A retrospective cohort of 254 patients with Osteogenesis Imperfecta (OI) had 489 upper limb radiographs available for review. Seventeen percent of the radiographs exhibited either subluxation 8% or dislocation 9% of the radial head. Type V had the highest incidence of dislocation at 58% and subluxation at 28%, while the other types had a lower range of dislocation 0-9%, and subluxation 0-29%. Posterior radial head subluxation was most prevalent in all types of OI except Type V which was more frequently displaced anterior, lateral or anterolateral. Other associated anomalies included a calcified interosseous membrane or a dysplastic capitellum, radial head or neck. Bowing deformities of the humerus and forearm bones were noted in 87%. Ulnar bowing was noted in Type V OI patients with radial head dislocation in 8 of 19 and 7 of 9 limbs with radial head subluxation. Functional hand grip strength and forearm supination and pronation motion was evaluated in 47% of patients. Grip strength was significantly reduced in Type V OI patients without radial head dislocation. Range of motion was also significantly reduced in Type III and IV, but not in Type V.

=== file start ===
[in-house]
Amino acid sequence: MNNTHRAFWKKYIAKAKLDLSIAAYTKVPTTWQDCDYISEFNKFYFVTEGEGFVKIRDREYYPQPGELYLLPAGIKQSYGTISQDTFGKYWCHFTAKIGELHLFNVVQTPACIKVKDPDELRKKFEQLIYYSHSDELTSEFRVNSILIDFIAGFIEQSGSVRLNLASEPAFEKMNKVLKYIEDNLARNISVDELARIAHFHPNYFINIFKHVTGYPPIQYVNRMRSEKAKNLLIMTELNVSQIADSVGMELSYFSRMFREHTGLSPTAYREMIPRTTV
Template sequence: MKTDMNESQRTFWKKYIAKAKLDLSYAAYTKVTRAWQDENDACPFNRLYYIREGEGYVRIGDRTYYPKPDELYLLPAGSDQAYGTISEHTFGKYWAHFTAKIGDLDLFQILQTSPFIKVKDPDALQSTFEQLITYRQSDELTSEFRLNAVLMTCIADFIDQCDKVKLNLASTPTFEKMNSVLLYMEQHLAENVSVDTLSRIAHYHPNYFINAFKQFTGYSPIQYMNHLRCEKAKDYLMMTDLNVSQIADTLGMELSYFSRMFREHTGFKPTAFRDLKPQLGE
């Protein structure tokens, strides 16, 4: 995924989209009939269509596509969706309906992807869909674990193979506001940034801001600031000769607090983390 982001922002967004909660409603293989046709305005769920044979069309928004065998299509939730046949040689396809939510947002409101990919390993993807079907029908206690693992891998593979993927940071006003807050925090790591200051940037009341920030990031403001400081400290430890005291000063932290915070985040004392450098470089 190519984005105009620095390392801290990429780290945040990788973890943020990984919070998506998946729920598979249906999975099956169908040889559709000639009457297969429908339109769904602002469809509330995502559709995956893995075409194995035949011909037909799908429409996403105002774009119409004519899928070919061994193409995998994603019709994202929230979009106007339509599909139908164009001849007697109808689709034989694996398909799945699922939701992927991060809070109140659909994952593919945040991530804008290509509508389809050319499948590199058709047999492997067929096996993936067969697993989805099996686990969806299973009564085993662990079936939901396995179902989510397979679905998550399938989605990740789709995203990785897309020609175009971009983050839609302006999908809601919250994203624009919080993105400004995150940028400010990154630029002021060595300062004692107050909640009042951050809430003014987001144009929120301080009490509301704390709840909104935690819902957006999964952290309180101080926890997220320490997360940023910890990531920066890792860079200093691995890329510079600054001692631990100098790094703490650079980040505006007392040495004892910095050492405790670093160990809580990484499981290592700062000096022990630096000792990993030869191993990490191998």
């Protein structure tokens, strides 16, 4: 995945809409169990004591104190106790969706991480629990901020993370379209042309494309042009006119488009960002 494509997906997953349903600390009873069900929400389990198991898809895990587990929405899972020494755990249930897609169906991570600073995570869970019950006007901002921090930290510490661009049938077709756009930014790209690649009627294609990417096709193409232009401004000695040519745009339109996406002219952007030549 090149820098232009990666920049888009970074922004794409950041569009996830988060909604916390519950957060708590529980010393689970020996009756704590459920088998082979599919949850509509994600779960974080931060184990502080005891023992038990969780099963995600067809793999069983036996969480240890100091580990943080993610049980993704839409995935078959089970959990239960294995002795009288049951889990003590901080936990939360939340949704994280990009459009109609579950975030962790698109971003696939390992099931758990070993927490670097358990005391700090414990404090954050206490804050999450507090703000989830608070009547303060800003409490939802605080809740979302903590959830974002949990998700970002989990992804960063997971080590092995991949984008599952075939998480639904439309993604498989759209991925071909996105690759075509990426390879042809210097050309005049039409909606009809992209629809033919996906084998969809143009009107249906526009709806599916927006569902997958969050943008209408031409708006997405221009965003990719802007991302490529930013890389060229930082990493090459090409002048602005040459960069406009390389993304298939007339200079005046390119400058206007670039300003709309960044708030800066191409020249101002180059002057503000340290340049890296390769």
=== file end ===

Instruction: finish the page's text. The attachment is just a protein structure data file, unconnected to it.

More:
Treatment recommendations cannot be offered based on this study, but Type V patients have a higher incidence of radial head malalignment and associated defects of the radial head, neck, and capitellum as well as calcifications of the interosseous membrane suggesting a more recalcitrant spectrum of disease.